Brain Injuries Caused by Overdoses: New York Medical Malpractice

Medication Errors, Opioid

A medication is a drug.  A drug is a substance intended to create or invoke a response from the body.  This could be to lower blood pressure, reduce a fever, change cholesterol, or create some other response.  These are powerful substances.  The more a medication will create a response, the more the medication is likely to be powerful.  For instance, the most powerful pain killers like fentanyl or morphine are also very dangerous.

For these reason, when doctors are ordering medications or when healthcare providers like physician assistants or nurses are administering medications, the more powerful the medication and the more powerful it is, the more careful a healthcare provider must be.  When providers are not careful in the prescribing or administering of medications, it can result in an overdose.

An overdose with a powerful medication is a medical emergency.  With some pain medications, an overdose can cause a brain injury.  This is due to a hypoxic, or lack of oxygen, condition that an overdose of pain medication can brain.  There could be swelling or even brain bleeds with an overdose of pain medication because most pain medications thin the blood.  In great amounts, this thinning can result in brain bleeds.  Any time a patient has a brain bleed, it will increase the pressure in the skull which can cause damage to the pain.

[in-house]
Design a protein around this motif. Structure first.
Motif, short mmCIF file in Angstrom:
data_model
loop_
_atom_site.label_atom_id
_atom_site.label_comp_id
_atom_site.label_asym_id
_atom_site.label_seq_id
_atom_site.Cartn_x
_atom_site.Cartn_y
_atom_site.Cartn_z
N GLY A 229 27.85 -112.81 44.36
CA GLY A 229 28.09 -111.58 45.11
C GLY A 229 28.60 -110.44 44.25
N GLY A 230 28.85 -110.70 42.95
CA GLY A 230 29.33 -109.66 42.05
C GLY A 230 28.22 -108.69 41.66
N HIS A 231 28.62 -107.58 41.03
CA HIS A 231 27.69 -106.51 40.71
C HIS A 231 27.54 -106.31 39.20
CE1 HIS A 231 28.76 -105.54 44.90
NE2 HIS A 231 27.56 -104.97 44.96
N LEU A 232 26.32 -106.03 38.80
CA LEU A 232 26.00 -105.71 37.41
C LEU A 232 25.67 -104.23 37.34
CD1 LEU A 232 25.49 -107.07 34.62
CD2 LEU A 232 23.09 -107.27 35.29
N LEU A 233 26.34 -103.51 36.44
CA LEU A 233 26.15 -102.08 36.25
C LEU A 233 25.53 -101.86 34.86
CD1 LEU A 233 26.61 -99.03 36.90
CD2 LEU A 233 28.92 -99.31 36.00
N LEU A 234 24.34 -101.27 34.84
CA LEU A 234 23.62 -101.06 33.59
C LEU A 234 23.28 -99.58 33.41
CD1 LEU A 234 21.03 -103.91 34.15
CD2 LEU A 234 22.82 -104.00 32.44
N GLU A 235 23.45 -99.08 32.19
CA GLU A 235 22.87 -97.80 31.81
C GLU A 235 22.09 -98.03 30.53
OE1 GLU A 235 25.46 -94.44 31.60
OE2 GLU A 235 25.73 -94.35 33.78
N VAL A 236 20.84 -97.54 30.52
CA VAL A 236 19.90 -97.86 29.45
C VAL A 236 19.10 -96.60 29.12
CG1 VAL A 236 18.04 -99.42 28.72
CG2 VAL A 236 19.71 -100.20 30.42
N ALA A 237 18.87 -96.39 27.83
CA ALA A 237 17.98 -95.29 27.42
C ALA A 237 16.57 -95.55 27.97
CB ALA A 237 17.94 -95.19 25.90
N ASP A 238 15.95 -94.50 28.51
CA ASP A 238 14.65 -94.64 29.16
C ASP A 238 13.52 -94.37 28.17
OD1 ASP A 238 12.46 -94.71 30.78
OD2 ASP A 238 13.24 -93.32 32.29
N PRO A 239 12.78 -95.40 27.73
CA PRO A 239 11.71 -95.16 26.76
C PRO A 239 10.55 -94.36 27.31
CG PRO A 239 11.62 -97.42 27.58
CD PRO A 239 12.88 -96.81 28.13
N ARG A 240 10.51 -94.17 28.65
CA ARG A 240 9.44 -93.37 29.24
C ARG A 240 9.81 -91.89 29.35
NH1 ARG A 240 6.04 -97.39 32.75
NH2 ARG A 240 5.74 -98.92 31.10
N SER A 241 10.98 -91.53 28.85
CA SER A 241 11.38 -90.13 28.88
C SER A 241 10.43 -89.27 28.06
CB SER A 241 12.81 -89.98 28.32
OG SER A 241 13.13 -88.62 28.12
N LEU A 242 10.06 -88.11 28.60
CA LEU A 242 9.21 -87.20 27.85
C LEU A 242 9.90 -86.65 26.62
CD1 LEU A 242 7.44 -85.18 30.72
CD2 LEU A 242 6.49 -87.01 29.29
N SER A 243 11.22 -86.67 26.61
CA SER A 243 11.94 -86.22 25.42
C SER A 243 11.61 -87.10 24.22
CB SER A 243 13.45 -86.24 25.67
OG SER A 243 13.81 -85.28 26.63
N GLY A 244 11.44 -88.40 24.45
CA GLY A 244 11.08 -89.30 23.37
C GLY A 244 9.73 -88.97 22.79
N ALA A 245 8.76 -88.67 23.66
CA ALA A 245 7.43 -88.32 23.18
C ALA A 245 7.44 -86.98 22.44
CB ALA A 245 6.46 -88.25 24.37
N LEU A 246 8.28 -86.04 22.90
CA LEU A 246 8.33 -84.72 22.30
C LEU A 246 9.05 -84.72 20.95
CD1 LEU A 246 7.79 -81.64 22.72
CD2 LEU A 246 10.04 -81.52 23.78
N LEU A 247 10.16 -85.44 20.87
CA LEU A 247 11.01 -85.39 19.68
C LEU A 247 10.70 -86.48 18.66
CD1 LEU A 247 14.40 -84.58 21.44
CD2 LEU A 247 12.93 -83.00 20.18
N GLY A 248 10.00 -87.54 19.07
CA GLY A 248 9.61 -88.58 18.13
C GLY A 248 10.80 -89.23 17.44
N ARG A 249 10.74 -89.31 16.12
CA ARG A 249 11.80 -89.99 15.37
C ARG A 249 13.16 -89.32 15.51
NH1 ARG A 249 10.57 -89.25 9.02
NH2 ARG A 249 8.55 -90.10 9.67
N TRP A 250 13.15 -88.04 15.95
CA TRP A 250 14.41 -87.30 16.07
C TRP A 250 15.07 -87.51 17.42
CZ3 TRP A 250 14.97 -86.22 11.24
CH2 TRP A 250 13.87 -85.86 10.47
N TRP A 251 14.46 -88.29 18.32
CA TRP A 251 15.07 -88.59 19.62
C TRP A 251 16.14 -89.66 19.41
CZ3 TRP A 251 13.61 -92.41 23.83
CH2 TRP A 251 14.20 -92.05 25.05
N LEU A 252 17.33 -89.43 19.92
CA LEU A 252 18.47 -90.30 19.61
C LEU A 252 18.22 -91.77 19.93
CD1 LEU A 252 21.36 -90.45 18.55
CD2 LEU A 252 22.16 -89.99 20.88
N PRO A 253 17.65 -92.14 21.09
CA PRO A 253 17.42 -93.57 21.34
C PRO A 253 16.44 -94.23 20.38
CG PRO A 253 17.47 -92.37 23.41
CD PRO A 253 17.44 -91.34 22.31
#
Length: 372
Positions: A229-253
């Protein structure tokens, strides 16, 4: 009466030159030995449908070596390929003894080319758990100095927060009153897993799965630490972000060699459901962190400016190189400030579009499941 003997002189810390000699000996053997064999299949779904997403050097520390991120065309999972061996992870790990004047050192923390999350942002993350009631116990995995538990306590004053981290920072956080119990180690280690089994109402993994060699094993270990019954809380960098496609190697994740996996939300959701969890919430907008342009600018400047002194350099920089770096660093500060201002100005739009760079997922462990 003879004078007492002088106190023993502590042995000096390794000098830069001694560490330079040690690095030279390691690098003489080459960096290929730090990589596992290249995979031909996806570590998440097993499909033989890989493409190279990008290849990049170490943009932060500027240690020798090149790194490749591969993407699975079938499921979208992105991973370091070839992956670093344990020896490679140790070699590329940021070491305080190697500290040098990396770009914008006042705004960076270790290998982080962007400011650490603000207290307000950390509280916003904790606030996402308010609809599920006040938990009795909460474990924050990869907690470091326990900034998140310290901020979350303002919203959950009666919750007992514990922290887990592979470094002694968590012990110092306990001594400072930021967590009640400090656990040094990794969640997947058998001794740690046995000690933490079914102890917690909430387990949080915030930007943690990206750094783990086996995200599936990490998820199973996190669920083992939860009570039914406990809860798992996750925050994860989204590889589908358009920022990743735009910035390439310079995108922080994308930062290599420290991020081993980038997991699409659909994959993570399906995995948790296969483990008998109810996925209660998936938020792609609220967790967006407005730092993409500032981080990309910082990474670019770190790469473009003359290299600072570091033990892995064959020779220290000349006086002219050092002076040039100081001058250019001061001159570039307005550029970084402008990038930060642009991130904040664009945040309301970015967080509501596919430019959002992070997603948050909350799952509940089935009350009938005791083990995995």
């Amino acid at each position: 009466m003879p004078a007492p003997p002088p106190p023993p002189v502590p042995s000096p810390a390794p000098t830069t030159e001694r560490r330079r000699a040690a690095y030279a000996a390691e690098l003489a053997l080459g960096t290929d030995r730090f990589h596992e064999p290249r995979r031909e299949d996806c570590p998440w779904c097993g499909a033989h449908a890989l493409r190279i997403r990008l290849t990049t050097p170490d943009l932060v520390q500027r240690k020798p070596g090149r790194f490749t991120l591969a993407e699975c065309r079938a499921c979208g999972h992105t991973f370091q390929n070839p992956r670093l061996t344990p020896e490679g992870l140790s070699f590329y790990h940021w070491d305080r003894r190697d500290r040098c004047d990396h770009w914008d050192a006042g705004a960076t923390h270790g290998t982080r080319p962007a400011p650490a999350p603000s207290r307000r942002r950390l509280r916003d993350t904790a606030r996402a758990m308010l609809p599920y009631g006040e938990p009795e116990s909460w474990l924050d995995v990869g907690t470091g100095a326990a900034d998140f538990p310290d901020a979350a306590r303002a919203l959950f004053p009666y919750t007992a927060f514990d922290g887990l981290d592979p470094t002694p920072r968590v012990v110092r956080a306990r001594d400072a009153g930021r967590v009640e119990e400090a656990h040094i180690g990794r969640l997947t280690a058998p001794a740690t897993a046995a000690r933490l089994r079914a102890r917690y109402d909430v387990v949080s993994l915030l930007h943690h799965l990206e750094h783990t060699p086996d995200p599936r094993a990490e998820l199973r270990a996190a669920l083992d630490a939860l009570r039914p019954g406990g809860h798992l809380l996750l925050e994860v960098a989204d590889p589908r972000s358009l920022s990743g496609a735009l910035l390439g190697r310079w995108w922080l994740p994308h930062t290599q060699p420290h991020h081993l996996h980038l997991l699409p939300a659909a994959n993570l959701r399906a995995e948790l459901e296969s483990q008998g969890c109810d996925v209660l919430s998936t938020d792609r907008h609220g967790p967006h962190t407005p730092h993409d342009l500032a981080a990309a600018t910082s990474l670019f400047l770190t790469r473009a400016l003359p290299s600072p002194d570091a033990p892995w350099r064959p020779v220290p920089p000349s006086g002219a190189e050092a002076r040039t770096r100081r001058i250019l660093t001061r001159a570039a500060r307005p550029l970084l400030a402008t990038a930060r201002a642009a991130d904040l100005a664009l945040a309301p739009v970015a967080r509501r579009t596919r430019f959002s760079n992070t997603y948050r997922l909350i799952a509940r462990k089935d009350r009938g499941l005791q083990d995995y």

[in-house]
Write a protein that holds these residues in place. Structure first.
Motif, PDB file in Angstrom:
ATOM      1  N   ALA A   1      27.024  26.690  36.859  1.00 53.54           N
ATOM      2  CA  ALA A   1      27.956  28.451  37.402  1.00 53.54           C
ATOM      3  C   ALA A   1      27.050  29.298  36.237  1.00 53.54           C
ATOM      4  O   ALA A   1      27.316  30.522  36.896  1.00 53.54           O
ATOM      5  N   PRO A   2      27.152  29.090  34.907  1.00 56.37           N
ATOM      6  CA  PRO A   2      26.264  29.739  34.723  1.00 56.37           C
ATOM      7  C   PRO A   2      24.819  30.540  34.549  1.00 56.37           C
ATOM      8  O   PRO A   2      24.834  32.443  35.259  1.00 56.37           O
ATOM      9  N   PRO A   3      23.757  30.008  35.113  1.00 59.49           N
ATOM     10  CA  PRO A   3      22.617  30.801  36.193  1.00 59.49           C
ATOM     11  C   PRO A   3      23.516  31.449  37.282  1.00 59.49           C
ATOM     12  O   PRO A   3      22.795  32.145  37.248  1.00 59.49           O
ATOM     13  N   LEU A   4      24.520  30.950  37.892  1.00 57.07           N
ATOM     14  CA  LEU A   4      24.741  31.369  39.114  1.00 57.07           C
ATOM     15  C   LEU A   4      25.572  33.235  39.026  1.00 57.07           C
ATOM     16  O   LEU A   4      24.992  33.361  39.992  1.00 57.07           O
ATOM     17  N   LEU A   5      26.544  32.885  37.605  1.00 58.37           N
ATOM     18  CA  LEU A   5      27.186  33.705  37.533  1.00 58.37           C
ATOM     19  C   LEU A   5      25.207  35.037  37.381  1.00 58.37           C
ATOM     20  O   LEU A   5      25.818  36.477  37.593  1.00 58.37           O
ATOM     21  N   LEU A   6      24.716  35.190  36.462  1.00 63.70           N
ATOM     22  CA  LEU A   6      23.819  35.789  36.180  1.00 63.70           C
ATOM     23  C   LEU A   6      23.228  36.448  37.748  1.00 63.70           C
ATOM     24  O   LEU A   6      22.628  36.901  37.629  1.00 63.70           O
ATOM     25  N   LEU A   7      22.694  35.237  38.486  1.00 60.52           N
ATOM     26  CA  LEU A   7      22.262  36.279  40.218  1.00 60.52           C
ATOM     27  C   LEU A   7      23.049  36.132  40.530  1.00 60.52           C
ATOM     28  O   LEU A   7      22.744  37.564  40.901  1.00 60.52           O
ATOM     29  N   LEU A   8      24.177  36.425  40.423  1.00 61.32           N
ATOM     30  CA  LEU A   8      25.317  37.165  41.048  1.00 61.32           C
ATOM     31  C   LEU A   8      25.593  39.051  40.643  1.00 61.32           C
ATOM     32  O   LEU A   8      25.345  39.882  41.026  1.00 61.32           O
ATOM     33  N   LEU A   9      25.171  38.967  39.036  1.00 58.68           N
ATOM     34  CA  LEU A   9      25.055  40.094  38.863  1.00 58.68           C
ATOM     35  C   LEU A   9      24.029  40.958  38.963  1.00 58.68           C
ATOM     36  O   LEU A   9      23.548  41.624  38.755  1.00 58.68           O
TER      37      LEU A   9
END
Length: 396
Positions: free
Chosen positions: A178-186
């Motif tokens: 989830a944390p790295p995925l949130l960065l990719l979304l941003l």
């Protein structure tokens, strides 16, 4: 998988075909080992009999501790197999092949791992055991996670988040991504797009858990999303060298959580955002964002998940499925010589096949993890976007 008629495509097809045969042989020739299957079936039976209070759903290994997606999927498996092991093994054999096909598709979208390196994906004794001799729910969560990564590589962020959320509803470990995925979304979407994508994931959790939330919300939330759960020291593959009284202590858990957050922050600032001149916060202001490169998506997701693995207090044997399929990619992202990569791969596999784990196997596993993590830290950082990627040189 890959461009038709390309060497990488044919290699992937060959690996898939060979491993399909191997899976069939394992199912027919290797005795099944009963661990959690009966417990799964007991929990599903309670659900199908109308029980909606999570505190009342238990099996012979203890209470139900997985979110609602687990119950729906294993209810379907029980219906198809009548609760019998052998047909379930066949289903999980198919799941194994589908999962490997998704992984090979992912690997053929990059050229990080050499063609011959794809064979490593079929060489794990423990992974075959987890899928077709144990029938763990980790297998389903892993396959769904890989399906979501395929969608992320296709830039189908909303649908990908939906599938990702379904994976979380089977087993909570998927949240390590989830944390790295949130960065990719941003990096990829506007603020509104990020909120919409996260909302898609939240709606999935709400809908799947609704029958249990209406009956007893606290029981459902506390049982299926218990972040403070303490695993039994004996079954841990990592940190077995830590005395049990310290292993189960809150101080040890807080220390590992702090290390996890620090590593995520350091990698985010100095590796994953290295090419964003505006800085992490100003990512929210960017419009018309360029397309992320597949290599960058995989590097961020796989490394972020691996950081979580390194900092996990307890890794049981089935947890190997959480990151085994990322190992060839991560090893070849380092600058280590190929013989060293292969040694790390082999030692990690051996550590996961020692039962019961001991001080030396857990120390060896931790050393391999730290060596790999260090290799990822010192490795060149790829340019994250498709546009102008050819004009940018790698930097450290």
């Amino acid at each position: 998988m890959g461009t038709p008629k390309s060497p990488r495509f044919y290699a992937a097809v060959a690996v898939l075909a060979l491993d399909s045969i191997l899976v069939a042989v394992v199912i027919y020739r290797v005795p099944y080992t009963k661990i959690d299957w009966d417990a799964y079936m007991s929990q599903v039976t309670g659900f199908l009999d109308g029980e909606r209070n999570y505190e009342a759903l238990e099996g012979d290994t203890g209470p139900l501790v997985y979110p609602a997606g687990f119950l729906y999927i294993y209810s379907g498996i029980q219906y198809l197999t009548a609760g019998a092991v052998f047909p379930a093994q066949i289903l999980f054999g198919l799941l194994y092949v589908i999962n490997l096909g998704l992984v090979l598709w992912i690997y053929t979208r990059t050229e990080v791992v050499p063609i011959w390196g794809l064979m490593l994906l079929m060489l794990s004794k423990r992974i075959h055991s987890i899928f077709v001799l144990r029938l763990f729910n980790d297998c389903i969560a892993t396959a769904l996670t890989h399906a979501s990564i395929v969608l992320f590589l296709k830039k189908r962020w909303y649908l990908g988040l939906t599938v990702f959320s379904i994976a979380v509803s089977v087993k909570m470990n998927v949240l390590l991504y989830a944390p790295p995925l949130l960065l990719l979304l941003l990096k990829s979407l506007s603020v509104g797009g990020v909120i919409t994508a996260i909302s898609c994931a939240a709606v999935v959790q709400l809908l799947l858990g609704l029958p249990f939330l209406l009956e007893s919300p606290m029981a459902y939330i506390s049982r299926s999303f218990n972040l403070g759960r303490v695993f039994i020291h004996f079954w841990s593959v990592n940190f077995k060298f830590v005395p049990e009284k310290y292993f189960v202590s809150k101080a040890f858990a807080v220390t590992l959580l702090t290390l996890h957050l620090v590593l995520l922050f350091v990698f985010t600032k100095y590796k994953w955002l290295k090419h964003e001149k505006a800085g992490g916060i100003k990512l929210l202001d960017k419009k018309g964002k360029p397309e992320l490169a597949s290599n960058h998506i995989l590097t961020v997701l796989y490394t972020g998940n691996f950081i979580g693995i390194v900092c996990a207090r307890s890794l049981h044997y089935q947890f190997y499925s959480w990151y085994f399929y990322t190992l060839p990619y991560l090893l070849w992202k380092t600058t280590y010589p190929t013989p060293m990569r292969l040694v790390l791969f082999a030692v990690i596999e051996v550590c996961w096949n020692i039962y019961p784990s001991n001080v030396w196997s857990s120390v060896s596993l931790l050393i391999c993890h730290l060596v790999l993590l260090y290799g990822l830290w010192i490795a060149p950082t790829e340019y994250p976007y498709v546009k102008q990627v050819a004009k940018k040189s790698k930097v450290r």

In addition to bleeding and swelling risks, overdoses can also become very toxic.  This toxicity can result in damage to the nerves or brain tissue.  Damage to brain tissue or nerves from too much medication, like a pain killer, can become permanent.  This damage can effect balance, processing, sensation, and more severe damage could affect cognitive function.

The thing about an overdose is that it is preventable and should never happen.  Careful review and treatment from a physician and healthcare provider should save a patient from this fact.  When prescribing medications, physicians must use particularly care when the medications are strong.  Some computer systems in major medical offices or hospitals will check for dangerous doses of medication to ensure that a patient is not being given a particularly dangerous or lethal dose, or for interactions which could result in fatal reactions.

But what do you think?  I would love to hear from you!  Leave a comment or I also welcome your phone call on my toll-free cell at 1-866-889-6882 or you can drop me an e-mail at  You are always welcome to request my FREE book, The Seven Deadly Mistakes of Malpractice Victims, at the home page of my website at